* Poor dears! I have found Alda crying when she was dressing for church,' mused Mrs. Underwood ; "and though I have scolded her, I could have cried too, to think how unlike their girlhood is to mine.'
· And if you went to fetch them home from school, you would know how bad it is, Mamma,' said Felix. • Wilmet does not mind it, but Alda cries, and the sneaking girls do it the more ; and they are girls, so one can't lick them; and they have not all got brothers.'
"To be licked instead !' said Mr. Underwood, unable to help being amused.
"Well, yes, Papa ; and so you see it would be no end of a comfort to make them look like the rest.'
‘By all means, Felix. The ladies can tell how far your benefaction will go ; but as far as it can accomplish, the twins shall be resplendent. Now then, back to your anxious clients. Only tell me first how my kind old friend the Admiral is.'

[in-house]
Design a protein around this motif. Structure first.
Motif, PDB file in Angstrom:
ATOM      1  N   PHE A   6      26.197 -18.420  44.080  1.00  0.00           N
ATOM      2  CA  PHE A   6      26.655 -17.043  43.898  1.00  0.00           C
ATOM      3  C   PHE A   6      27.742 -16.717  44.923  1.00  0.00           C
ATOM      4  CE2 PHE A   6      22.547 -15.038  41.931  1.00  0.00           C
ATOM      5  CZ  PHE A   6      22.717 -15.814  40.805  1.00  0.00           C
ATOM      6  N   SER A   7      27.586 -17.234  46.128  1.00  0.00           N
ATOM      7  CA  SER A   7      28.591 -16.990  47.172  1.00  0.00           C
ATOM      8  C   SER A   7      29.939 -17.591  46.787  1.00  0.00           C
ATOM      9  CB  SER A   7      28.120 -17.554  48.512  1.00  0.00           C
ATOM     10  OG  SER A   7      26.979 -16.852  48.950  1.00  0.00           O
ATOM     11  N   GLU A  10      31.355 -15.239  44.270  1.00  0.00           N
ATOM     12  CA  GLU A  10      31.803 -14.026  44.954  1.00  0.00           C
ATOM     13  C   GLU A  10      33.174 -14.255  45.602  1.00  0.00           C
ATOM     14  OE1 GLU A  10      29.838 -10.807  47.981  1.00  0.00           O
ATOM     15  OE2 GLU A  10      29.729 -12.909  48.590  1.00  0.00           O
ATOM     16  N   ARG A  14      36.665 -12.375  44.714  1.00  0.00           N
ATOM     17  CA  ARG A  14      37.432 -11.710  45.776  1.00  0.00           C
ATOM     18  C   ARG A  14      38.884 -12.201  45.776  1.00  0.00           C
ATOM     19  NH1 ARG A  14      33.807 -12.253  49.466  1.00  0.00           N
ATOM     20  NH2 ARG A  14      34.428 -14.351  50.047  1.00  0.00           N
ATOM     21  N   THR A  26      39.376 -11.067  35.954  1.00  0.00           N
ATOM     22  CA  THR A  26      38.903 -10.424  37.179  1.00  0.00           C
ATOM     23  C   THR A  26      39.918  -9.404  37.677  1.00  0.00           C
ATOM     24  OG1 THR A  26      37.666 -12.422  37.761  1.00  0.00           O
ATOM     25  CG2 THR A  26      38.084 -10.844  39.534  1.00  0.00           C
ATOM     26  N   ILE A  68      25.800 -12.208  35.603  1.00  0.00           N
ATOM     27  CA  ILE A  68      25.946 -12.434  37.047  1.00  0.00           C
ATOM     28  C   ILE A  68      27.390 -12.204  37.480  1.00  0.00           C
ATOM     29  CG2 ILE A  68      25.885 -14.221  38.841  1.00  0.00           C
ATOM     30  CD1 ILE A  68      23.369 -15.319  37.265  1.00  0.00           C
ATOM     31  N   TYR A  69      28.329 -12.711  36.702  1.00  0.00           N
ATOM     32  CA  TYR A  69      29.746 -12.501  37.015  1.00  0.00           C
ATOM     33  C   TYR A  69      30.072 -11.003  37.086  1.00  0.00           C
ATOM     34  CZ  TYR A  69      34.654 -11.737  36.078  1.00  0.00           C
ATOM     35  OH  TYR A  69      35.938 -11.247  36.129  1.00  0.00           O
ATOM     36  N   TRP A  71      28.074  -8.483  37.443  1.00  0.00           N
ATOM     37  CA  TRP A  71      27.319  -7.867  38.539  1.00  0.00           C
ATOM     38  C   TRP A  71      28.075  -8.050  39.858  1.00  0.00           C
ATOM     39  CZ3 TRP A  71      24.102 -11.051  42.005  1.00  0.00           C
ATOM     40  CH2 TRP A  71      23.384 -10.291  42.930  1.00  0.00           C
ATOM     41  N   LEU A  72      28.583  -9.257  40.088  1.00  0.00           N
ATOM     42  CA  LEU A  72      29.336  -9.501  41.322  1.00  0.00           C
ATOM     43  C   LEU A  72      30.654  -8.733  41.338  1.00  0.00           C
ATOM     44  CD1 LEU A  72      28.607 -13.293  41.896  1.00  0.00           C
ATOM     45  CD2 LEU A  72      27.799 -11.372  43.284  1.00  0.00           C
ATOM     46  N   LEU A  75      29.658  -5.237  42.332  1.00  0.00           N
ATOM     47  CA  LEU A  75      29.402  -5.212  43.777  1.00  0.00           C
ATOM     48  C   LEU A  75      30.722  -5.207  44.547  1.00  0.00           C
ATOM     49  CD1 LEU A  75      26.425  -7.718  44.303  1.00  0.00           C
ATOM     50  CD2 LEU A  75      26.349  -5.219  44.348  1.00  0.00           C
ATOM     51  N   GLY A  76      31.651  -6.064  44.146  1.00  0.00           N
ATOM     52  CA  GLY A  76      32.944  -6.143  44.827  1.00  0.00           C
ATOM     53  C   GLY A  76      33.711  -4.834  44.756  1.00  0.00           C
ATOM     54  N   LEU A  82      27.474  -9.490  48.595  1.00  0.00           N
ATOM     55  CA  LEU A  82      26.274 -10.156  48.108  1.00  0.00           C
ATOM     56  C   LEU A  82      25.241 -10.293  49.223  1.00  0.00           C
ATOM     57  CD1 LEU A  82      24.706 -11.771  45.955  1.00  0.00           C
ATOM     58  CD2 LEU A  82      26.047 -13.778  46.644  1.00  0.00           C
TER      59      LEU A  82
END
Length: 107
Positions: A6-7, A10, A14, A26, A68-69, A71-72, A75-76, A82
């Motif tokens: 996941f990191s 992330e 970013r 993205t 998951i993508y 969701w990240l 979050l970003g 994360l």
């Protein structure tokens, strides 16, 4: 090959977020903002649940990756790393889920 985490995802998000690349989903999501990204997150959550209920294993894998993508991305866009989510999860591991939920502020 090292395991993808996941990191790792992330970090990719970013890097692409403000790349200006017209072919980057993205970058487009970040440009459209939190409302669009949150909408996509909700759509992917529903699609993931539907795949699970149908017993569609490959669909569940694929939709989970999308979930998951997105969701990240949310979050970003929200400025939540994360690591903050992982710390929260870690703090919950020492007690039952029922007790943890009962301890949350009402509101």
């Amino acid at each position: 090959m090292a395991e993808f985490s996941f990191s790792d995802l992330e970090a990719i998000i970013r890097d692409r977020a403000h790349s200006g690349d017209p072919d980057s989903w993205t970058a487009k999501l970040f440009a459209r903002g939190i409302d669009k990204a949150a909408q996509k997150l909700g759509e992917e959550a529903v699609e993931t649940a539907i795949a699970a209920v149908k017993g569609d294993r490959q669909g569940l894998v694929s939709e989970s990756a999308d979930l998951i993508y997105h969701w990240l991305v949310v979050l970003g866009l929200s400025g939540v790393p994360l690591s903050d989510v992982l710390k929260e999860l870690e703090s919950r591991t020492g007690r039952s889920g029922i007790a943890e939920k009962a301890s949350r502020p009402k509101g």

'Here's his letter, Father; I quite forgot to read it.' 'Some day, I hope, you will know him enough to care for him
personally. Now you may be off.—Nay, Enid, love, your daughters could not have lived much longer without clothes to their backs.'
Oh, yes, it must have been done,' sighed the poor mother ; 'but I fancied Felix would have thought of you
first.' • He thought of troubles much more felt than any of mine. Poor children! the hard apprenticeship will serve them all their lives.'
Meantime Felix returned with the words, 'Hurrah ! we are to have the sovereign just as usual ; and all the rest is to go to turn out Wilmet and Alda like respectable young females.-Hollo, now !
For Alda had precipitated herself down-stairs, to throttle him with her embraces; while Cherry cried out, That's right! Oh, do get those dear white bats you told me about;' but the public, even there a manyheaded monster thing, was less content.
What, all in girls' trumpery ? That's the stupidest sell I ever heard of ! 'Oh, I did so want a pony!' were the cries of the boys.
Even Robina was so far infected as to cry, 'I wanted a ride.'
And Wilmet reproachfully exclaimed, 'O Felix, you should have got something for Papa. Don't you know, Mr. Rugg said he ought to have a respirator. It is a great shame.'